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How do I view "Young Goodman Brown" from a Freudian point?

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kennishawalters | Student, Undergraduate | eNotes Newbie

Posted September 7, 2009 at 9:04 AM via web

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How do I view "Young Goodman Brown" from a Freudian point?

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sesmith5 | High School Teacher | (Level 2) Adjunct Educator

Posted September 7, 2009 at 10:09 AM (Answer #1)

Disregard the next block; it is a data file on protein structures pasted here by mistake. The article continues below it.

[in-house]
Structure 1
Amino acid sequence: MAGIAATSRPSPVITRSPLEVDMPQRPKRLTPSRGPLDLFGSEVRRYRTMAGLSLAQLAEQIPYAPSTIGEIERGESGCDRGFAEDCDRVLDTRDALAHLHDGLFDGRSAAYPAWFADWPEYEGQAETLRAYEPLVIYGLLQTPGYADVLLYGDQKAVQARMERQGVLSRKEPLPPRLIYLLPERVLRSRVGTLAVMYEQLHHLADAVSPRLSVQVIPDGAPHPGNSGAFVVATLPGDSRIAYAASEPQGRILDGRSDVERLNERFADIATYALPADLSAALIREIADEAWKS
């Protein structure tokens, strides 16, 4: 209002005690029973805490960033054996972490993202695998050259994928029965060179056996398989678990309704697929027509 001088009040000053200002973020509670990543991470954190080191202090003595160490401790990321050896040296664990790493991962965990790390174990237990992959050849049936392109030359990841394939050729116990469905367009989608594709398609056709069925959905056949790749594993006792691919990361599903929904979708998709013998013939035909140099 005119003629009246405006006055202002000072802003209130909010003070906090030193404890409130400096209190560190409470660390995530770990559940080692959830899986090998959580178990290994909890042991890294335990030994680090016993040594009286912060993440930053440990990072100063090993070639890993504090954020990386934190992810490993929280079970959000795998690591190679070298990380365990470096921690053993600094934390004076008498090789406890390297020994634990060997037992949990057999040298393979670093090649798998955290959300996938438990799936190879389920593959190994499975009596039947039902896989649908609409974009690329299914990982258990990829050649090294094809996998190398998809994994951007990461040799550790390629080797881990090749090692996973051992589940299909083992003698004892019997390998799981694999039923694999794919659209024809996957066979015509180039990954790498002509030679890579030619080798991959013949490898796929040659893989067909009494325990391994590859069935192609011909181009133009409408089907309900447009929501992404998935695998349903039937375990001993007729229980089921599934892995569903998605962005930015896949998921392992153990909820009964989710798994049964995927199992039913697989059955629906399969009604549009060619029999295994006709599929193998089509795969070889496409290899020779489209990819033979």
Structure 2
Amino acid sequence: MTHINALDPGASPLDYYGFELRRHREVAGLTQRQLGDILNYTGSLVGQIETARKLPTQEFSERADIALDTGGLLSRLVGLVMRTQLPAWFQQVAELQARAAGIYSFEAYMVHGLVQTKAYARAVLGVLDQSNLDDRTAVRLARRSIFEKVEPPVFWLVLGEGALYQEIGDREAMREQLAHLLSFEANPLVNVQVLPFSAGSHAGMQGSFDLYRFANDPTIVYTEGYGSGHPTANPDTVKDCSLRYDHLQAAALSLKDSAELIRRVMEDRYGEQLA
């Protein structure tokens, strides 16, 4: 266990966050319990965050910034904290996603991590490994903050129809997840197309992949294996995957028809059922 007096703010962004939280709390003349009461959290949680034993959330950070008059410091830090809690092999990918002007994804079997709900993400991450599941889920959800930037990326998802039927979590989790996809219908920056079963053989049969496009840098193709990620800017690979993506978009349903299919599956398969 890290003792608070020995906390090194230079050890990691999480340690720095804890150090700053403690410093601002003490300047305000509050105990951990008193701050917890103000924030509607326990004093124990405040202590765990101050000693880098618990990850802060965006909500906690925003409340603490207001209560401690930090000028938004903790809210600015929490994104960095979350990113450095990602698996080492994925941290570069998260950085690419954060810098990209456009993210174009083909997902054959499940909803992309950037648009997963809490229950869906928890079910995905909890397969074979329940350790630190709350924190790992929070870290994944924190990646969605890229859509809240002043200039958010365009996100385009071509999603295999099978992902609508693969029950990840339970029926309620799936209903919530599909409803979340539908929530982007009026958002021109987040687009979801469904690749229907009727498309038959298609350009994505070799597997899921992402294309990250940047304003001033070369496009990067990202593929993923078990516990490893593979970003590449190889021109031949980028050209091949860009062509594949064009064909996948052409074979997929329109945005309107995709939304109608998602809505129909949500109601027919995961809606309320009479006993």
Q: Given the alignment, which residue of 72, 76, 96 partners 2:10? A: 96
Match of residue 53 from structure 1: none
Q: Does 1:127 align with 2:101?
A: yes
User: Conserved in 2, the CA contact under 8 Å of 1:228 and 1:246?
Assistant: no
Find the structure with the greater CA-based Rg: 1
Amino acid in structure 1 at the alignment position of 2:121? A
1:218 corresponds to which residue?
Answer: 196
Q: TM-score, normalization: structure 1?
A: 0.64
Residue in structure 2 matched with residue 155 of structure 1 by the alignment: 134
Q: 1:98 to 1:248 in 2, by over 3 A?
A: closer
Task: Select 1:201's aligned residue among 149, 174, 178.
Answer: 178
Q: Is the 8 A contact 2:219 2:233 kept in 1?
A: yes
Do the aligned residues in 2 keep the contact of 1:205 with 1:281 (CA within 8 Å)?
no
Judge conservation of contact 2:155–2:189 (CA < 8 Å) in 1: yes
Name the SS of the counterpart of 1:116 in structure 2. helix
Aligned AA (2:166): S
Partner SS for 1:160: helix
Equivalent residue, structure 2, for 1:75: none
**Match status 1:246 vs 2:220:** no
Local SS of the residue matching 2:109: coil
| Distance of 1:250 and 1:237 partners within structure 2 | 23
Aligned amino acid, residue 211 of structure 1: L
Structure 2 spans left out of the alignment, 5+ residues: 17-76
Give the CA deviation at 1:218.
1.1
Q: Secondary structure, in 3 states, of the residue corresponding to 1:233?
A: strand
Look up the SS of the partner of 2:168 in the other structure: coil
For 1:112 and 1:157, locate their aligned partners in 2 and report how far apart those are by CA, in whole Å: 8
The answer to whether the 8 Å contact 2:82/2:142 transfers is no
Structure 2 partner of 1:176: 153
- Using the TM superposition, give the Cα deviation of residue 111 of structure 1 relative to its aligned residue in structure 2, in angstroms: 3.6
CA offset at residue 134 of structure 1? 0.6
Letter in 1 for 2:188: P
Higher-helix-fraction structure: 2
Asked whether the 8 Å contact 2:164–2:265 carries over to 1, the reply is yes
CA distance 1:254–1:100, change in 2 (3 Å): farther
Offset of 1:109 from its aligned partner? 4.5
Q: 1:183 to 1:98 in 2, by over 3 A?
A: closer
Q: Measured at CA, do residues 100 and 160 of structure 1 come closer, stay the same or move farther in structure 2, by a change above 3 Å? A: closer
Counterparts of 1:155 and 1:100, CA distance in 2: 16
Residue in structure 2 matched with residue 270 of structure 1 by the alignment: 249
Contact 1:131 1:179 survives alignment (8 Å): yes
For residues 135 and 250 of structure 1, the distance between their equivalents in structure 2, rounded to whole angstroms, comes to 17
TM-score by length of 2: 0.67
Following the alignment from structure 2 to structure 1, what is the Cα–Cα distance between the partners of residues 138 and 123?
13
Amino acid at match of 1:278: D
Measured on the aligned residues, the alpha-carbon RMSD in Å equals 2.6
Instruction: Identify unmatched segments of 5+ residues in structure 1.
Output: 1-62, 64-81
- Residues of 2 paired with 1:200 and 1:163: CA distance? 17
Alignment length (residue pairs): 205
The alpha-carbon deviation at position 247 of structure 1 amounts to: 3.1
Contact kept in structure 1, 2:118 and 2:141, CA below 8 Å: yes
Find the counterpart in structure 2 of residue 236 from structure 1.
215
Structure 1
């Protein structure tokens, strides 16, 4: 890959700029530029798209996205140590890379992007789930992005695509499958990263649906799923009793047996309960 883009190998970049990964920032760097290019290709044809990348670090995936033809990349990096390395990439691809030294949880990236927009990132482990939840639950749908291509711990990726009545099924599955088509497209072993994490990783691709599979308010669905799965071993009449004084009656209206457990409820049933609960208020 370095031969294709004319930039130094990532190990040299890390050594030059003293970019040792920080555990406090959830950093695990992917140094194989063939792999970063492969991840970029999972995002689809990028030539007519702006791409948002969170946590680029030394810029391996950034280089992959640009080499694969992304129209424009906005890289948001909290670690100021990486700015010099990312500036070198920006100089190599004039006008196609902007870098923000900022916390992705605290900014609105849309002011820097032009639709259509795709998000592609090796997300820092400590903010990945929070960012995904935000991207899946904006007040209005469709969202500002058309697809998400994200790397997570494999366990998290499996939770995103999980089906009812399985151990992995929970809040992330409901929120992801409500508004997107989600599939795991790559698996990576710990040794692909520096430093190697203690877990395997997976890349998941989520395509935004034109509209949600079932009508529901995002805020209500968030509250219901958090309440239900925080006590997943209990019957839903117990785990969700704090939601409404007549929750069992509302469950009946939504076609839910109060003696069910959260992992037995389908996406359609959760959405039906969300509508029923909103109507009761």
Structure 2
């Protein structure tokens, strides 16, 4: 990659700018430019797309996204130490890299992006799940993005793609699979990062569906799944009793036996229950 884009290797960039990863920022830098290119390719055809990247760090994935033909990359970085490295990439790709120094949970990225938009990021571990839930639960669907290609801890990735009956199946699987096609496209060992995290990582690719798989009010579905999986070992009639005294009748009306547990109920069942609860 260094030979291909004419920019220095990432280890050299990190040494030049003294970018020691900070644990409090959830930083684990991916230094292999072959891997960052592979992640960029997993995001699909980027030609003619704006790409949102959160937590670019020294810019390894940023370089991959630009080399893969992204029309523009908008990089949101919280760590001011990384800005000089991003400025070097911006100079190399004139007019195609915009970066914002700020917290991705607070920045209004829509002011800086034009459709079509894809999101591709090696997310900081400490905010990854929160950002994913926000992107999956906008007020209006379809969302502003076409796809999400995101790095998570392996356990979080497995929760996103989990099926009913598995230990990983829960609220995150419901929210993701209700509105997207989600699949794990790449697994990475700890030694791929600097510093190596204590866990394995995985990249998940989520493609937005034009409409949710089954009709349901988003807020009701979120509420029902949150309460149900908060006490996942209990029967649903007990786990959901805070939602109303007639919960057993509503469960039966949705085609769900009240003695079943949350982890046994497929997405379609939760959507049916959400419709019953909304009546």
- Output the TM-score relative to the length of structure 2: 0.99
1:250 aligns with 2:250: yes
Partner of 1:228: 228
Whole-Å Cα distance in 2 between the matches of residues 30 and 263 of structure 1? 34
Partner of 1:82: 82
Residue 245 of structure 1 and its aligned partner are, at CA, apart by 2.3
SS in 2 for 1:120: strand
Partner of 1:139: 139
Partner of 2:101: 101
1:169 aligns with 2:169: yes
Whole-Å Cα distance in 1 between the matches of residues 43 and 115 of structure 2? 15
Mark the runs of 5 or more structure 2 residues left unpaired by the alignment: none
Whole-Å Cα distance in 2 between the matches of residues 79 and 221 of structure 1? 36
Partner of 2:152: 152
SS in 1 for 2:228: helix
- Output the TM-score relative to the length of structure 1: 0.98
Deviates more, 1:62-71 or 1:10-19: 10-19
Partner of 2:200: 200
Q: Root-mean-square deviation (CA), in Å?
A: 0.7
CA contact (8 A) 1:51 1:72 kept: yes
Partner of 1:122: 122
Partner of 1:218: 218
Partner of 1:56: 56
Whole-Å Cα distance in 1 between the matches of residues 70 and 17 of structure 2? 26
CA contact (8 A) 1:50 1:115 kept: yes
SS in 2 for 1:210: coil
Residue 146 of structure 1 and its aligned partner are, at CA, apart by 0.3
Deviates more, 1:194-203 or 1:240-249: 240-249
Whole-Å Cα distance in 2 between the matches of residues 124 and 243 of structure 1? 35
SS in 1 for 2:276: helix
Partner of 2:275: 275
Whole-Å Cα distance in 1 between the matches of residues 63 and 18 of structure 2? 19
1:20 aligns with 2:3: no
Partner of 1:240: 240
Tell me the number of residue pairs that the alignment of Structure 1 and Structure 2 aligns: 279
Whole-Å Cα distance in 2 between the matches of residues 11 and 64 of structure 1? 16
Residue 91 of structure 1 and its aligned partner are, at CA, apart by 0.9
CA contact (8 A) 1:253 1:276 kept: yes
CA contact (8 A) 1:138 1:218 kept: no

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Freudian analysis is based on the conflict between the Id, the Ego, and the Superego.  The Id represents our savage and hedonistic tendencies.  The Superego represents our conscience and pride (morality).  The Ego, or reason, balances between both our tendencies to be devils (id) and angels (superego).  Young Goodman Brown travels in a dream into the forest following a devil (his id).  Faith, his wife, begs him not to go.  Along the way he finds many people who he esteems in the forest participating in satanic rituals.  He even finds his wife, Faith in the forest participating in a "black mass."  Faith represents all of the ideals that Goodman Brown's superego values--fidelity to God and morality.  Immediately before his and Faith's initiation into the Satanic cult, he begs Faith to look heavenward.  He wakes from this dream trip unsure of the reality of what he has experienced and most importantly, unsure of Faith's success in looking heavenward.  Thus he begins to mistrust Faith and indeed everyone who he ever had any faith in.  His ego is unable to reconcile the conflict between his id and his superego.  Thus, Goodman Brown ends up bitter and mistrustful from then on.

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